For this long-time language teacher, the game that teaches language skills is something of a holy grail. In the past few years, the classes I’ve taught haven’t been focused so much on language acquisition and grammar as on cultural understanding; with students already at least moderately conversational in the target language, I was able to design games that focused on other concepts (international conflict, the immigrant experience). But the game that teaches language is always in the back of my mind.
Of course, many language games already exist, but they tend to be… well, boring. I recently bought a game called Influent, which was funded through Kickstarter and is available on Steam. Influent is something of an interactive visual dictionary, where your character learns some basic vocabulary by looking at virtual items and hearing the names of the items in the target language. Like Rosetta Stone, Influent avoids translation by associating words with objects rather than with other words. Influent pushes this a bit further with its explorable world, whereas Rosetta Stone uses a much more artificial interface, albeit well-organized and well-guided.
But after a few minutes playing Influent in Russian mode (since I don’t read or speak any Russian), I lost interest, because there isn’t really a game happening. The goal of Influent, just like the goal of studying a vocabulary list, is to memorize words. Memorize more words, get more stars. If I were a student of Russian and I had to study vocabulary lists anyway, I am confident that Influent’s interactive visual dictionary would be a more entertaining, more engaging way to study those lists. But as a gamer, I would rather play just about anything else in my library.
If games are to motivate players, they must be more than exercises that are less boring than what we’re used to. When the concept being taught through the game involves conflict or exploration or life choices, designing a game with naturally-meaningful goals and decisions is more straightforward. But when the concept is, “here are some words,” or “this set of verbs takes a different auxiliary than the rest,” a meaningful goal isn’t immediately apparent. That, I suspect, is why we’ve struggled so much making good games for language acquisition.
Châteaufort, my newest project, is a game for teaching beginning French students the set of verbs that exceptionally require être as their auxiliary in compound tenses. But learning those verbs is not the goal of the game. The goal is to defend a castle from invaders (or to take the castle from its defenders), using a combination of strategy and luck. This cannot be achieved without knowing the verbs, but memorization is not itself the goal. In this respect, the game models natural language acquisition: we learn words because they are necessary to communicate our needs and accomplish our goals, not because words have inherent value.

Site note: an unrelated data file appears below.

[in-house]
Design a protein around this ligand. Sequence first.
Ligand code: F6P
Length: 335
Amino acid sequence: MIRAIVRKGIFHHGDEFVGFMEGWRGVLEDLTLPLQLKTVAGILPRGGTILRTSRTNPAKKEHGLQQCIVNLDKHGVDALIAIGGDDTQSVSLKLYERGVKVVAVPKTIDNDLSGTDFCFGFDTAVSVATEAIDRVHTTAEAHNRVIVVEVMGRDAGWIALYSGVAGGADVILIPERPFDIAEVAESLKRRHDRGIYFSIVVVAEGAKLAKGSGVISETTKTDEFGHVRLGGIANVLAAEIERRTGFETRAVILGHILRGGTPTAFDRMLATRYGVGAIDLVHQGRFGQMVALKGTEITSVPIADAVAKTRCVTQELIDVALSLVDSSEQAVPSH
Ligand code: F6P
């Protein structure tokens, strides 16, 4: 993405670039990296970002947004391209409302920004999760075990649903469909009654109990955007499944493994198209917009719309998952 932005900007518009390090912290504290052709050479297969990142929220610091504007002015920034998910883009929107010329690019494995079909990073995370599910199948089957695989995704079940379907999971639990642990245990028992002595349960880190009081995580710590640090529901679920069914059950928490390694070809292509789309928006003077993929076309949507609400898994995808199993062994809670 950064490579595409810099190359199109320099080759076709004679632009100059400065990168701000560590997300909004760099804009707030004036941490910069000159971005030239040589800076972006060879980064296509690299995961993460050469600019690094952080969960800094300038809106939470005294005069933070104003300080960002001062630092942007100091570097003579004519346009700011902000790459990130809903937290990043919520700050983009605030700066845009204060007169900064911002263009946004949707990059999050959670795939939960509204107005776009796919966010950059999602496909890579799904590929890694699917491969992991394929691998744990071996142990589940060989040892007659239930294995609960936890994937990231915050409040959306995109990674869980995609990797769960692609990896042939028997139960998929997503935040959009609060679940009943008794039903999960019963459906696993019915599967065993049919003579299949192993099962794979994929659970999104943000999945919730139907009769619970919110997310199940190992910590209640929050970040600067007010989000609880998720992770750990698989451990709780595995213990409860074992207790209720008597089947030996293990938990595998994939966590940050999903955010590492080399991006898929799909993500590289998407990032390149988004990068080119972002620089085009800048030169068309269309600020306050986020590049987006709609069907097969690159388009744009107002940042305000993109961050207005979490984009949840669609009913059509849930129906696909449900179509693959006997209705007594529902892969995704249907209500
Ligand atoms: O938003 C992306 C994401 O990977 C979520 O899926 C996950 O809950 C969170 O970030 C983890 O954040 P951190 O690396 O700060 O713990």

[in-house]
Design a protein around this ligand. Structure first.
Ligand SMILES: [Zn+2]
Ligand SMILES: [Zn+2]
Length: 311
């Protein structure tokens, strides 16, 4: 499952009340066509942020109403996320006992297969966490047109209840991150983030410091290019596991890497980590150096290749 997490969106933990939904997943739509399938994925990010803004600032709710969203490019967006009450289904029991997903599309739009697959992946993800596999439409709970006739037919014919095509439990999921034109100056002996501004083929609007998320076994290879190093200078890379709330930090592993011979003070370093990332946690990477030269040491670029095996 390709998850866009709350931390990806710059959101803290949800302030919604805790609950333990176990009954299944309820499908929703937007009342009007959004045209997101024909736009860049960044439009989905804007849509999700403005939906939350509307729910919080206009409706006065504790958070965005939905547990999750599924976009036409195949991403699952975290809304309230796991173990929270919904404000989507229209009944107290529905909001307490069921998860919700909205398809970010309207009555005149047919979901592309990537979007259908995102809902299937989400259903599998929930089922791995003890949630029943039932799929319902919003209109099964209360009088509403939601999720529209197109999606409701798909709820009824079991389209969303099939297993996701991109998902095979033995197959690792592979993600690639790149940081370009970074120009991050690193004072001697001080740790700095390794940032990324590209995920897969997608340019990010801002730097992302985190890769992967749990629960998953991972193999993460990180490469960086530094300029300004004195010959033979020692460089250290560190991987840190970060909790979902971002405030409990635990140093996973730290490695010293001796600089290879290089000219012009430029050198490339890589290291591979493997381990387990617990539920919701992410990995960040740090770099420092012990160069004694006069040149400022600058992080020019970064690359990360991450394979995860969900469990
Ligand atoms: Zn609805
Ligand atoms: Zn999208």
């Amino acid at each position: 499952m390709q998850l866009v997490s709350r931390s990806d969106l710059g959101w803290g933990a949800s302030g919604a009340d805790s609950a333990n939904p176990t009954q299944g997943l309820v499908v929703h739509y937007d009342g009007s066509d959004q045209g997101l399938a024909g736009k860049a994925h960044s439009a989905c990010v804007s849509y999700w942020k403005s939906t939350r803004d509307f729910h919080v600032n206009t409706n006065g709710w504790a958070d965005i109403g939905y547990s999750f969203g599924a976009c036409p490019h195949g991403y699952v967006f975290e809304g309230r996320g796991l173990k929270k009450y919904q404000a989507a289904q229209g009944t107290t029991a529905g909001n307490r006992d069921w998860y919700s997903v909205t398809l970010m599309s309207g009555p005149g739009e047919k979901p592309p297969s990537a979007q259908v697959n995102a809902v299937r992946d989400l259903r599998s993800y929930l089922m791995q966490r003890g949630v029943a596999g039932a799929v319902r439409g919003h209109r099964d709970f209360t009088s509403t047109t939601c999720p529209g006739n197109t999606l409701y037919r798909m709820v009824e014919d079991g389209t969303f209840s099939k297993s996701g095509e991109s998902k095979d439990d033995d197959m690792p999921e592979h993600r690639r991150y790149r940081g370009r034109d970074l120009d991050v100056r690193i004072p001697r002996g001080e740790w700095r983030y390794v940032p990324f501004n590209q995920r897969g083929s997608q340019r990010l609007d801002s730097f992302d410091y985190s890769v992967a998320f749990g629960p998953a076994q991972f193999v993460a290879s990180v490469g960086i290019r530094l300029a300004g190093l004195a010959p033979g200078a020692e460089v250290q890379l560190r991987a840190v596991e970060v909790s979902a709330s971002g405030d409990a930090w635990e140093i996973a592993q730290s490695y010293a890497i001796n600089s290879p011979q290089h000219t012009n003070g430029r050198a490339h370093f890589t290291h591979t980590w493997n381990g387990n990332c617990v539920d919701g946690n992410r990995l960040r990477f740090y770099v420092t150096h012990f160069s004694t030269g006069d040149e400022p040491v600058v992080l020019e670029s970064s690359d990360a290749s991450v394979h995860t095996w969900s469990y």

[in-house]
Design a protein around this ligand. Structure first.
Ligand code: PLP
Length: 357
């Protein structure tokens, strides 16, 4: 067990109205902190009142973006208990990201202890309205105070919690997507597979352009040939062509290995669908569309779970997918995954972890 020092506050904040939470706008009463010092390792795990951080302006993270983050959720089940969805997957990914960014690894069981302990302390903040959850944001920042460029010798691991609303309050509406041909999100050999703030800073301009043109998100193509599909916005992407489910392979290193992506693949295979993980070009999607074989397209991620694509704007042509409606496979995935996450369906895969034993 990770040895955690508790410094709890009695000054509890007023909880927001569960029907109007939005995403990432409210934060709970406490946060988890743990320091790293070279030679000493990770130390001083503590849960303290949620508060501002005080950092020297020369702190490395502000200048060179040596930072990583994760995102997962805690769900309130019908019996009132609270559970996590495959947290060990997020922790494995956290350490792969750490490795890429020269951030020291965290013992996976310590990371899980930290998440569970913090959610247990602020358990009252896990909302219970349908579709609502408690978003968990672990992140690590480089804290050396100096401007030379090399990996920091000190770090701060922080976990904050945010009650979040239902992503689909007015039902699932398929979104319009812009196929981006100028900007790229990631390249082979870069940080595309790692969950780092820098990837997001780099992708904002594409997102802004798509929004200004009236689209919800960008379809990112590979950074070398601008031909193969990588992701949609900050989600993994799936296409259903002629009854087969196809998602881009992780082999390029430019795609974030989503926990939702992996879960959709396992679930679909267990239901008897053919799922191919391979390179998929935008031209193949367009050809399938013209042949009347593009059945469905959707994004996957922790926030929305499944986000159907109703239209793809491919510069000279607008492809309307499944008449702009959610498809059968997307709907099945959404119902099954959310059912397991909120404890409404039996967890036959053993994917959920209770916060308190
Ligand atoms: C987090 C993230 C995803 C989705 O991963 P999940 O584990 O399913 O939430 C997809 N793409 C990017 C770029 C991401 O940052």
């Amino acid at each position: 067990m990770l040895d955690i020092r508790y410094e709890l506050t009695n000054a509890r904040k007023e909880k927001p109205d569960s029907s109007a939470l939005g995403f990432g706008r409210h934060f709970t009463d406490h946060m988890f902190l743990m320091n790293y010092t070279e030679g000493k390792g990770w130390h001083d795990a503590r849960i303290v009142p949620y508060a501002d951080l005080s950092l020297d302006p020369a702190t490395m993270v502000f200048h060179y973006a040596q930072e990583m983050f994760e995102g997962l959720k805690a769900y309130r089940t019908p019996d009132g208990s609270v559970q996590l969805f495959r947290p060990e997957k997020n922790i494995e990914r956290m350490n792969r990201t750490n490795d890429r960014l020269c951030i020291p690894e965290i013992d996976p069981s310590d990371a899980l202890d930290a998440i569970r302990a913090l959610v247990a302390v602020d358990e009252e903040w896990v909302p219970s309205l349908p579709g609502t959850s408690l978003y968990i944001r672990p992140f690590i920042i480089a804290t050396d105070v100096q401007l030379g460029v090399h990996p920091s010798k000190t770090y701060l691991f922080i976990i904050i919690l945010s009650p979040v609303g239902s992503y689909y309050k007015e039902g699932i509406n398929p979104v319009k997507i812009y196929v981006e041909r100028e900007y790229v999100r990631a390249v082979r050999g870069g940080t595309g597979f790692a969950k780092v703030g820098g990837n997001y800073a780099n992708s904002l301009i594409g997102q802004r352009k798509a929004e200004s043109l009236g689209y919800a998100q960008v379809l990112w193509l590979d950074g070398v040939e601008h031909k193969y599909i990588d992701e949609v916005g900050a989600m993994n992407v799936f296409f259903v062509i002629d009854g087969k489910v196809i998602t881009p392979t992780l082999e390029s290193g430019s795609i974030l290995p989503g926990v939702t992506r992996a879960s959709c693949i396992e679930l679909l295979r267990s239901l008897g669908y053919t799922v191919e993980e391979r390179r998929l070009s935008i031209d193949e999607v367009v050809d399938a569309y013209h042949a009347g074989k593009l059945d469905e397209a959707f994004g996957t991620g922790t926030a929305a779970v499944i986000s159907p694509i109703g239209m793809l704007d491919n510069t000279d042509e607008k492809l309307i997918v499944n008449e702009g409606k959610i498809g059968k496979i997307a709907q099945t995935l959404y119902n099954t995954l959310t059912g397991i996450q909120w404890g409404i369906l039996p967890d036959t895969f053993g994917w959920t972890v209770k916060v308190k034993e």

Since I intend for the game to be used in a classroom, I have two primary design concerns that would be less important for a different audience.
The first concern is simplicity of rules. Students frequently are not focused listeners, and teachers frequently are not experts in board games; therefore, the rules should be designed so that a teacher can explain the game in under five minutes, and the board should make the rules intuitive to students to the absolute maximum extent possible.
The second design concern is preventing cheating. In a language-learning classroom where the students all share a first language, they have an overwhelming tendency to avoid using the target language with each other, even though target language use is the explicit reason for every activity in the classroom. The game, therefore, needs to make the target language unavoidable, even if students do their best to use their first language whenever possible. Since the purpose of Châteaufort is to teach a certain set of verbs, those verbs will appear, in French only, on cards that players must spend in order to move their pieces. Even if students refuse to say the verb out loud or speak any French to each other, they must look at the verb every time they use it, and they must associate the verb with the action it indicates every time they see it. Even with minimal student participation, the learning mechanism will still function.
I’m excited about Châteaufort, and hope to have a prototype available this fall for classroom playtesting. I’ll keep you posted about its progress.